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Strategic Product Displays Across Different Assortment Levels


Online retailers often display products across various assortment sizes, yet how to strategically present products in this context remains unclear. This research addresses this problem by empirically analyzing consumers’ information processing strategies on product displays across different assortment levels. We record consumers’ moment-to-moment attention shift and resort to a non-homogeneous hidden Markov model to identify latent information processing strategies that direct the eye movement. Our results show that the latent heuristic and systematic processing strategies can be identified with three unique attention patterns: preference for visual versus verbal information, sampling inertia, and range of inspection. Furthermore, the assortment levels significantly affect the usage proportion and switching of two processing strategies. Lastly, we reveal the strong predictive power of identified processing strategies on product choice. Based on model findings, we conducted a follow-up experiment to demonstrate how firms can influence product choices by strategically displaying products across assortment levels. We contribute to the growing body of literature on heuristic-systematic information processing and constructive decision-making. Firms can use these findings to decipher information processing strategies based on observed attention patterns and to improve the prediction of product choice. More importantly, the results shed light on the adaptive product display as assortment size varies, and offer insights into customized and dynamic product presentation based on attention shift. Our study also addresses the importance of the “anchor product” design when the assortment is large.

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  1. 1.

    Participants indicated relatively high familiarity with the brands chosen (mean: 4.43, median: 4.69; 1 means not familiar with the brands at all and 7 means very familiar with the brands).

  2. 2.

    We select 5 products (10 AOIs) to represent low assortment and 15 products (30 AOIs) to represent high assortment, based on the current literature. For instance, in Iyengar and Lepper (2000), 6 options were set to be low assortment, and 24 were set to be high assortment. In [48], 8 and 27 products were selected to represent high- vs. low-assortment levels.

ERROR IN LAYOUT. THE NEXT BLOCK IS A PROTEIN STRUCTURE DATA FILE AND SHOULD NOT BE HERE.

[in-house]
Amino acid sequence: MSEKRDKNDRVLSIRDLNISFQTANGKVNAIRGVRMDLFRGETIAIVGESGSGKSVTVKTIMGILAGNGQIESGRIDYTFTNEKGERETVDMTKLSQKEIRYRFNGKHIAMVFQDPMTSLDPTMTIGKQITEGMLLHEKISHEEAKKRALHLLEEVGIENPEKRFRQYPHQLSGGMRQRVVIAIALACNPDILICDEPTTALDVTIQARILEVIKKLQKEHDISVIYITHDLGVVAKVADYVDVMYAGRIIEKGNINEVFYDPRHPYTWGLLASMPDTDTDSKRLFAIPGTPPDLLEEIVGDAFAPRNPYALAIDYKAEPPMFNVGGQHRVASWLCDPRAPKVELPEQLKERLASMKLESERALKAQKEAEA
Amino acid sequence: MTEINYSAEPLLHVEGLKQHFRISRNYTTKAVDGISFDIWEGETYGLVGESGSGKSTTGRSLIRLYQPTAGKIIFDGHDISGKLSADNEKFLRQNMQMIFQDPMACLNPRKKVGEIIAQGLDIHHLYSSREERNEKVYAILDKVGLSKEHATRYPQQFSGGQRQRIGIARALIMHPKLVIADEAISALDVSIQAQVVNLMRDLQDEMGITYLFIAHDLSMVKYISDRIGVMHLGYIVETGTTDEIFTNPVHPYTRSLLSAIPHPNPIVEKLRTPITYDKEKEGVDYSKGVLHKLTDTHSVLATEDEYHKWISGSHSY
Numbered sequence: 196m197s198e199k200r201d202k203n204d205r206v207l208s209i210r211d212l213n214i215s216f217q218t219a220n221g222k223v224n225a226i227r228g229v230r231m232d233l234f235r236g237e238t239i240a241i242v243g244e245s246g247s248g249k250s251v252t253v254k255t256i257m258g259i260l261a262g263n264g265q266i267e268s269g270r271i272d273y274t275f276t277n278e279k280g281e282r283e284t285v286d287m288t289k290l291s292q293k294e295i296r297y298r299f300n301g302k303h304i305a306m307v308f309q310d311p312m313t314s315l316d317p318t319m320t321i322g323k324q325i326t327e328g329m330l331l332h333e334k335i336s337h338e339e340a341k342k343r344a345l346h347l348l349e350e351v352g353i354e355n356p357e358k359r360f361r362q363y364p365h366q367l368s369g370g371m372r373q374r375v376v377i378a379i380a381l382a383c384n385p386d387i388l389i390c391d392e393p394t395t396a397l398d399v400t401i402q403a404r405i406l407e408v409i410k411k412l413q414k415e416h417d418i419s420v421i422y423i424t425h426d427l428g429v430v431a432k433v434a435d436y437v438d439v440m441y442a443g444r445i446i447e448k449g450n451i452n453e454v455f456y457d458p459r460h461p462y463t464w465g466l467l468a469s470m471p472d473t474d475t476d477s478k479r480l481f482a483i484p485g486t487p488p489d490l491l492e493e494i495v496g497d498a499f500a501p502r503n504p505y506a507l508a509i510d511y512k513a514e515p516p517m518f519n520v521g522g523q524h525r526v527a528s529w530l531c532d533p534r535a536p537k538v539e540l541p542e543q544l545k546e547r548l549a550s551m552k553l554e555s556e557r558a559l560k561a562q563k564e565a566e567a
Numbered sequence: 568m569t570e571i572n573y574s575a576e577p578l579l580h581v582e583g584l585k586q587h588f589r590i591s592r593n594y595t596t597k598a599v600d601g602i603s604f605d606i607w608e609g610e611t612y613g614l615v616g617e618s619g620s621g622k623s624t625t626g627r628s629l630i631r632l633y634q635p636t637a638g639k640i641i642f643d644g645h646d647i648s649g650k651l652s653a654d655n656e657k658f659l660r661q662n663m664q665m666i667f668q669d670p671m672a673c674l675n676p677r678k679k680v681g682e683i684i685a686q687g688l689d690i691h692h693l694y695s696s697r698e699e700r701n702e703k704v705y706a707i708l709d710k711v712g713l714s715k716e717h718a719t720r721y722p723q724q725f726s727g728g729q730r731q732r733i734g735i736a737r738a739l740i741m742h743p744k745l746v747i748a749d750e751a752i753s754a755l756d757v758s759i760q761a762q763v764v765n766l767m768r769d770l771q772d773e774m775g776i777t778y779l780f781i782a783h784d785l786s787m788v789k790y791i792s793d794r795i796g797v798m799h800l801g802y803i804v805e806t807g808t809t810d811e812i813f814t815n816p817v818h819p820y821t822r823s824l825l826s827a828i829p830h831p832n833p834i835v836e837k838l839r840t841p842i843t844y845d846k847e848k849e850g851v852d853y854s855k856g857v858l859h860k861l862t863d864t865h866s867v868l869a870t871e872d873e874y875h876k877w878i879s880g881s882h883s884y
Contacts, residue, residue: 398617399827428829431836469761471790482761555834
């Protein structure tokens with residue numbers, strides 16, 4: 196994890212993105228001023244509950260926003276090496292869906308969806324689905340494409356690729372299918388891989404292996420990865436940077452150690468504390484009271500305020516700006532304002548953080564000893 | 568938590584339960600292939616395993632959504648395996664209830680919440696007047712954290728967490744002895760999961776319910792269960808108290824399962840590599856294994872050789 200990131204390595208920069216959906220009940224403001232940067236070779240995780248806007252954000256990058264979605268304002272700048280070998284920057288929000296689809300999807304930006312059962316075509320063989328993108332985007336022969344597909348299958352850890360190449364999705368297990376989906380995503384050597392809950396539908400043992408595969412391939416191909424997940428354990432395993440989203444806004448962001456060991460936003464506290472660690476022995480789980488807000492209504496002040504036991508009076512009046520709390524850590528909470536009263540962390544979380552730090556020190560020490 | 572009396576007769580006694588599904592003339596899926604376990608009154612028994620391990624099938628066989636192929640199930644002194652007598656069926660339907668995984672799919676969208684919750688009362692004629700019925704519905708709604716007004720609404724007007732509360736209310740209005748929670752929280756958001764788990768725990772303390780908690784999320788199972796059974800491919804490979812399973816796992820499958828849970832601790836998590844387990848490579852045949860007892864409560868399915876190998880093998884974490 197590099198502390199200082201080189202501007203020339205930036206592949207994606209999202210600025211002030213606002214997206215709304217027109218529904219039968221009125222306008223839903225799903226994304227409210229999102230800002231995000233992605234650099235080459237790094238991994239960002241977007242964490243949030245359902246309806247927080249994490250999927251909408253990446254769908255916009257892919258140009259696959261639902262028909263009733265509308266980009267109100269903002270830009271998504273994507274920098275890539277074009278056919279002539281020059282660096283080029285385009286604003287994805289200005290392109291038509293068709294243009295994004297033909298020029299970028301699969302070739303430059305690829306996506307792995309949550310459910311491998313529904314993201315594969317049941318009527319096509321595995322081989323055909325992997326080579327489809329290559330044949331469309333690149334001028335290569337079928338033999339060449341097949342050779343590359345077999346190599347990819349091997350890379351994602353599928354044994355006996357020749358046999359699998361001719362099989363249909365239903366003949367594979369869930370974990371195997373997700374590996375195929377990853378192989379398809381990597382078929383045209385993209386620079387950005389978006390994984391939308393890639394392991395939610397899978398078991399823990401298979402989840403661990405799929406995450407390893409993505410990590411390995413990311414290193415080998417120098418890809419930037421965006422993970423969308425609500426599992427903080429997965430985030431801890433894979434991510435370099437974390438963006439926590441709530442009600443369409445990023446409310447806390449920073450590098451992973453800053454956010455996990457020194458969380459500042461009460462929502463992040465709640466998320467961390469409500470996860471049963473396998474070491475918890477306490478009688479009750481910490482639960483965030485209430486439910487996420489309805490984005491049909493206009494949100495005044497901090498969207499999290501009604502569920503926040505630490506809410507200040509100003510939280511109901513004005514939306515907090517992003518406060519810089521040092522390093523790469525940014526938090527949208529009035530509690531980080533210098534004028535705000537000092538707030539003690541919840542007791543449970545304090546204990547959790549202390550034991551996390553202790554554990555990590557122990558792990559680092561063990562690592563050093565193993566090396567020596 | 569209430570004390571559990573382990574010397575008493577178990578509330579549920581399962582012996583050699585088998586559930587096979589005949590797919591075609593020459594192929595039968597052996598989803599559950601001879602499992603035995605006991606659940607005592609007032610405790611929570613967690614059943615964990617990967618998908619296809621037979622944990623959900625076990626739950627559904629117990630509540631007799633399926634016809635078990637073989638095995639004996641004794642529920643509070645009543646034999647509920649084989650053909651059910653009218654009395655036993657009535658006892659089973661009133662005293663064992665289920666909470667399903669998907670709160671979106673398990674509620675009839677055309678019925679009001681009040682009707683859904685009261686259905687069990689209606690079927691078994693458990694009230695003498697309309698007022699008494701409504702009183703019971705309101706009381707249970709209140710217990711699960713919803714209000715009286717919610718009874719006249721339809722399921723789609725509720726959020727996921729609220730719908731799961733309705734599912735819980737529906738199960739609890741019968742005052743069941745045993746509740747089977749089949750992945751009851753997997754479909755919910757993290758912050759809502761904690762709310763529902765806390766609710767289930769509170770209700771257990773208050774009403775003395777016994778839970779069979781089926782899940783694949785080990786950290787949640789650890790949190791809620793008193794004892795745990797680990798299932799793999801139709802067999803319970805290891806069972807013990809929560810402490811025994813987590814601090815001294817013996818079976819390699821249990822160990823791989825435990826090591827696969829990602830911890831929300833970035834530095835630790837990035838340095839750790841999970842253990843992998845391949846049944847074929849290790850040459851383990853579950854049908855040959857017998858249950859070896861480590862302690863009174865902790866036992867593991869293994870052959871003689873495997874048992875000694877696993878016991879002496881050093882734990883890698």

3. 3.

    Formulated as (\({\text{InspectionProb}}_{i,j,t} ({\text{GazeDura}}_{i,j,t} )\sim \sigma_{0} + \sigma_{1} FixSequence_{{i,1,..T_{i} }}\)). (Ti is the total number of fixations of participant i.) We use the estimated parameter ơ1 in the linear regression model between predicted inspection probabilities/gaze duration and the fixation sequence. We also tested the correlation between the predicted fixation probability and duration during Bayesian procedures, based on the estimated parameters at 1,000 intervals after the burn-in period (5,000 draws). The absolute correlation value is 0.592, which does not pose concerns for multicollinearity.


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This research is supported by Santa Clara University Research Funding.

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Correspondence to Savannah Wei Shi.

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Table 5 Theoretical predictions for the effects of variables used in the model
Fig. 6

Illustration of estimated strategy adoption over the course of inspection

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Shi, S.W., Che, H. & Jin, L. Strategic Product Displays Across Different Assortment Levels. Cust. Need. and Solut. 8, 84–101 (2021).

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  • Strategic product display
  • Assortment
  • Heuristic-systematic information processing
  • Constructive decision-making
  • Eye-tracking